3)     Tar:  Comes from coal and has been used to treat psoriasis for years.  It is commonly found in shampoos such as Neutrogena T-Gel.  It seems to help decrease the amount of cells produced in the epidermis that actually causes the psoriasis.  Preparations containing tar are non-prescription and over the counter and may be in the form of lotions, creams, oils or shampoos.  They can stain the skin, hair and clothing but are not thought to have any serious side effects.

4)     Ultraviolet Light:  Patients often find that their psoriasis is better in the summer time with exposure to the sun’s ultraviolet light.  Other people actually treat their psoriasis in sun tanning beds if their condition is severe.  The risk of causing skin cancer must be weighed against the effects of psoriasis.

5)     Calcipotriene (Dovonex):  This is a cream that is applied twice a day and slows the growth of the epidermal skin cells.  Another medication called calcitriol (Vectical) is similar to Dovonex and Taclonex is a medication that has calcipotriene and betamethasone (a steroid cream) combined together.

6)     Tazarotene (Tazorac):  This is a vitamin A derivative that is a cream or gel and is applied once a day.  It can cause skin irritation so sometimes it is washed off after 20 minutes.  This medication is similar to Retin-A and Differin.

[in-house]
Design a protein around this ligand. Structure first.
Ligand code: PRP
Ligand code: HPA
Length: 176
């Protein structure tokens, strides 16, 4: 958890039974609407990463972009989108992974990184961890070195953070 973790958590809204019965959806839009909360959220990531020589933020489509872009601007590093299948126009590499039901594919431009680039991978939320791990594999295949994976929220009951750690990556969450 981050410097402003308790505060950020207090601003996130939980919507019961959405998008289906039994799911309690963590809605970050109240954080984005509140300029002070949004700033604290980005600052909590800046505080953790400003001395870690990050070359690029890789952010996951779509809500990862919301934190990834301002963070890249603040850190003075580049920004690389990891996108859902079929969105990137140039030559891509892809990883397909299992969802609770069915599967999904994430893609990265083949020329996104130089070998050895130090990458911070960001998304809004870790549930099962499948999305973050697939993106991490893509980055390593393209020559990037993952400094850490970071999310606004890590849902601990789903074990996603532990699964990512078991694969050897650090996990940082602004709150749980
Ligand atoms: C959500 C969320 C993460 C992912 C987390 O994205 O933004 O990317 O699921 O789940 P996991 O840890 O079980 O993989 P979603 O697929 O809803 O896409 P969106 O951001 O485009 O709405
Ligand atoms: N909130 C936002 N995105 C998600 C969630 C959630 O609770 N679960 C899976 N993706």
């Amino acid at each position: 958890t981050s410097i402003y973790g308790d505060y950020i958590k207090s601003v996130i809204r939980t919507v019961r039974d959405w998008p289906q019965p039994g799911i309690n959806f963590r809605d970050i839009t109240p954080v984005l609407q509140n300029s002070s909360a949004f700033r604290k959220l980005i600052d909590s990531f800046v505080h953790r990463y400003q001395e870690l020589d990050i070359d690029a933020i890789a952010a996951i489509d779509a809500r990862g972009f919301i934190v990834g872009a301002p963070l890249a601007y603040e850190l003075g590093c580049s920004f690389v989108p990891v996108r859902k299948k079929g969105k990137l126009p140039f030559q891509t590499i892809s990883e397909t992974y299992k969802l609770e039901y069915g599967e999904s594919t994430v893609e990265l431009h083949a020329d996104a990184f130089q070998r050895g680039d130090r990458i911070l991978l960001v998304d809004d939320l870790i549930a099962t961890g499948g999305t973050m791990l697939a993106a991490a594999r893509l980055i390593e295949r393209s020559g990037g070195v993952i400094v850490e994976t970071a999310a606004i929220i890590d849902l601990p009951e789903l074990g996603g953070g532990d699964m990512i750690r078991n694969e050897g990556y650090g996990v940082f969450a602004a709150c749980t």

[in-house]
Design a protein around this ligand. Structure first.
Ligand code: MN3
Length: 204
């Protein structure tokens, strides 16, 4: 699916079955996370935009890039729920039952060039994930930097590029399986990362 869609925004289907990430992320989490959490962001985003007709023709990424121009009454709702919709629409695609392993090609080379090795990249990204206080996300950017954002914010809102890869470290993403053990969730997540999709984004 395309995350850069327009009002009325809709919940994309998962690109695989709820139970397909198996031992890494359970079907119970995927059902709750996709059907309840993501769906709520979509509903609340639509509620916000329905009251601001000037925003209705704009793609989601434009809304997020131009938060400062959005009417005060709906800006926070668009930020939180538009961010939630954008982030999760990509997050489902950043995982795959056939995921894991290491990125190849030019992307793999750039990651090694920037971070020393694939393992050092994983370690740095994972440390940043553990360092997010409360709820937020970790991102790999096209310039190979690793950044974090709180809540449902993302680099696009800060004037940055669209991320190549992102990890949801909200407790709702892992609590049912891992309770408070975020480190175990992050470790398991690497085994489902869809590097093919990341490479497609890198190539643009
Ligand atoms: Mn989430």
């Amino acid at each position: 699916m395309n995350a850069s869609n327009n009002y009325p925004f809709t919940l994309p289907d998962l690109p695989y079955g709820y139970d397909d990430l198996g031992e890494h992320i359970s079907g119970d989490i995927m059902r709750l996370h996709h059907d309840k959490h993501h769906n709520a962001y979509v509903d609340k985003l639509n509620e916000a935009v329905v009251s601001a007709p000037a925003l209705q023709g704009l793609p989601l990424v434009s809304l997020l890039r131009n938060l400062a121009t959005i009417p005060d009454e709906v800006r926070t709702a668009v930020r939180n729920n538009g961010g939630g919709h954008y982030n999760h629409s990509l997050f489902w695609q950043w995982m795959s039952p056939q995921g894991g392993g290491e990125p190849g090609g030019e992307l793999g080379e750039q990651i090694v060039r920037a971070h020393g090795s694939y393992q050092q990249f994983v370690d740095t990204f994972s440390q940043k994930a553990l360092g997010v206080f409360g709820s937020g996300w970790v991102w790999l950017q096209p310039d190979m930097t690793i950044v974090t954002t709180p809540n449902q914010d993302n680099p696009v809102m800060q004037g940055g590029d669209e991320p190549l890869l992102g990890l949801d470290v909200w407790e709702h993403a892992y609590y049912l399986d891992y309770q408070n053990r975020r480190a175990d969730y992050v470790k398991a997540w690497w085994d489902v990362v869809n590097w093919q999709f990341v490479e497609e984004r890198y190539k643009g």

7)     Calcineurin inhibitors (Protopic and Elidel): are creams that are often used on the face or in skin fold areas where scarring or disfigurement may occur if high potency steroids are used.

Medications that suppress the immune system:  Several medications target the immune system such as Enbrel, Amevive, Remicade, Humira and Stelara.  These are usually reserved for severe forms of psoriasis because they are very expensive and are injections that are either given into the skin or muscle or into a vein over hours in the doctor’s office.  Methotrexate and cyclosporine also suppress the immune system and can increase the risk of the patient developing an infection.

Soriatane is an oral medication that is derived from vitamin A and is called a retinoid.  It may help reduce the symptoms of psoriasis in 3-6 months but should generally not be used in women of child-bearing age as it can cause severe birth defects.

For additional information, feel free to check out the following sites:

1)      Psoriaisis.net:  http://www.skincarephysicians.com/psoriasisnet/whatis.html

2)     National Psoriasis Foundation:  www.psoriasis.org/home/

3)     American Academy of Dermatology:  www.aad.org/skin-conditions/dermatology-a-to-z/psoriasis

This document is for informational purposes only, and should not be considered medical advice for any individual patient.  If you have questions please contact your medical provider.

 

I hope that you have found this information useful.  Wishing you the best of health,